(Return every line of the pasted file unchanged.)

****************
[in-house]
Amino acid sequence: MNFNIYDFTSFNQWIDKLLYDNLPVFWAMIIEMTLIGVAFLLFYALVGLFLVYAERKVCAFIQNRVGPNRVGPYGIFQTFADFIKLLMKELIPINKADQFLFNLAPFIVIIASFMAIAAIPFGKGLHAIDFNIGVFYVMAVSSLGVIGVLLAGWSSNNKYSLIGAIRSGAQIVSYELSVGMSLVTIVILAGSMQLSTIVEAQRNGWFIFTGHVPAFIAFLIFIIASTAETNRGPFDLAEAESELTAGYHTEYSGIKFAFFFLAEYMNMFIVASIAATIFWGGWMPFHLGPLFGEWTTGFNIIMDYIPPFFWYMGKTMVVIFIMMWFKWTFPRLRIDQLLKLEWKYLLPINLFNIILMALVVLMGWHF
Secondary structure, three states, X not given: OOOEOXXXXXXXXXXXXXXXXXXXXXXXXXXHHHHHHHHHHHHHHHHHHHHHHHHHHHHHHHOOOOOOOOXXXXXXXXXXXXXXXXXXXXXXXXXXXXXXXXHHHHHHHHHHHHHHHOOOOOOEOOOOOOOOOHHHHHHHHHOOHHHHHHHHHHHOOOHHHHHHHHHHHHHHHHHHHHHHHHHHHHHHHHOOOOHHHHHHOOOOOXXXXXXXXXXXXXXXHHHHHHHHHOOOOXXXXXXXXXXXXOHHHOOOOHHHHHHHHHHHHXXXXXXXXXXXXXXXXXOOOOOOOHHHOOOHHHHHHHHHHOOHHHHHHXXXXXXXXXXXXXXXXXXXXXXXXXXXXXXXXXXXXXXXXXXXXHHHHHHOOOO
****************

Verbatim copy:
[in-house]
Amino acid sequence: MNFNIYDFTSFNQWIDKLLYDNLPVFWAMIIEMTLIGVAFLLFYALVGLFLVYAERKVCAFIQNRVGPNRVGPYGIFQTFADFIKLLMKELIPINKADQFLFNLAPFIVIIASFMAIAAIPFGKGLHAIDFNIGVFYVMAVSSLGVIGVLLAGWSSNNKYSLIGAIRSGAQIVSYELSVGMSLVTIVILAGSMQLSTIVEAQRNGWFIFTGHVPAFIAFLIFIIASTAETNRGPFDLAEAESELTAGYHTEYSGIKFAFFFLAEYMNMFIVASIAATIFWGGWMPFHLGPLFGEWTTGFNIIMDYIPPFFWYMGKTMVVIFIMMWFKWTFPRLRIDQLLKLEWKYLLPINLFNIILMALVVLMGWHF
Secondary structure, three states, X not given: OOOEOXXXXXXXXXXXXXXXXXXXXXXXXXXHHHHHHHHHHHHHHHHHHHHHHHHHHHHHHHOOOOOOOOXXXXXXXXXXXXXXXXXXXXXXXXXXXXXXXXHHHHHHHHHHHHHHHOOOOOOEOOOOOOOOOHHHHHHHHHOOHHHHHHHHHHHOOOHHHHHHHHHHHHHHHHHHHHHHHHHHHHHHHHOOOOHHHHHHOOOOOXXXXXXXXXXXXXXXHHHHHHHHHOOOOXXXXXXXXXXXXOHHHOOOOHHHHHHHHHHHHXXXXXXXXXXXXXXXXXOOOOOOOHHHOOOHHHHHHHHHHOOHHHHHHXXXXXXXXXXXXXXXXXXXXXXXXXXXXXXXXXXXXXXXXXXXXHHHHHHOOOO